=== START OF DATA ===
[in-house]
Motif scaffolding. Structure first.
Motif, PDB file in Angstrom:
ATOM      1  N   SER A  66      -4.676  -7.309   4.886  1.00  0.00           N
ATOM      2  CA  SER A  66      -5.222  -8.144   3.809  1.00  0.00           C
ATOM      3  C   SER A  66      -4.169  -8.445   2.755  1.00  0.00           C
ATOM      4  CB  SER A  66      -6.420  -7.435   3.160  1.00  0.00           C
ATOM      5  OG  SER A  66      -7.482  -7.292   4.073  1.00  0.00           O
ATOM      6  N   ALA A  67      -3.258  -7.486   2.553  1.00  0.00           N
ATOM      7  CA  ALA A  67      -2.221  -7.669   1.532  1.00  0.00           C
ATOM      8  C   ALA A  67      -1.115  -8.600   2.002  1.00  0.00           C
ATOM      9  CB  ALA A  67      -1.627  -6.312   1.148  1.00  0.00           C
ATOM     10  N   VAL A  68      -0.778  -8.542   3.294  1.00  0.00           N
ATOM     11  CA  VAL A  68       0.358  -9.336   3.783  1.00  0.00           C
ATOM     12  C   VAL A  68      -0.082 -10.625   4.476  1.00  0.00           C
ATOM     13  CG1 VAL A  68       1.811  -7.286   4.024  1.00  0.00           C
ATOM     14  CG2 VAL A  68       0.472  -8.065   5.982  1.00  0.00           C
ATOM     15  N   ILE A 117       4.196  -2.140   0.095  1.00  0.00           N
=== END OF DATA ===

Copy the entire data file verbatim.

[in-house]
Motif scaffolding. Structure first.
Motif, PDB file in Angstrom:
ATOM      1  N   SER A  66      -4.676  -7.309   4.886  1.00  0.00           N
ATOM      2  CA  SER A  66      -5.222  -8.144   3.809  1.00  0.00           C
ATOM      3  C   SER A  66      -4.169  -8.445   2.755  1.00  0.00           C
ATOM      4  CB  SER A  66      -6.420  -7.435   3.160  1.00  0.00           C
ATOM      5  OG  SER A  66      -7.482  -7.292   4.073  1.00  0.00           O
ATOM      6  N   ALA A  67      -3.258  -7.486   2.553  1.00  0.00           N
ATOM      7  CA  ALA A  67      -2.221  -7.669   1.532  1.00  0.00           C
ATOM      8  C   ALA A  67      -1.115  -8.600   2.002  1.00  0.00           C
ATOM      9  CB  ALA A  67      -1.627  -6.312   1.148  1.00  0.00           C
ATOM     10  N   VAL A  68      -0.778  -8.542   3.294  1.00  0.00           N
ATOM     11  CA  VAL A  68       0.358  -9.336   3.783  1.00  0.00           C
ATOM     12  C   VAL A  68      -0.082 -10.625   4.476  1.00  0.00           C
ATOM     13  CG1 VAL A  68       1.811  -7.286   4.024  1.00  0.00           C
ATOM     14  CG2 VAL A  68       0.472  -8.065   5.982  1.00  0.00           C
ATOM     15  N   ILE A 117       4.196  -2.140   0.095  1.00  0.00           N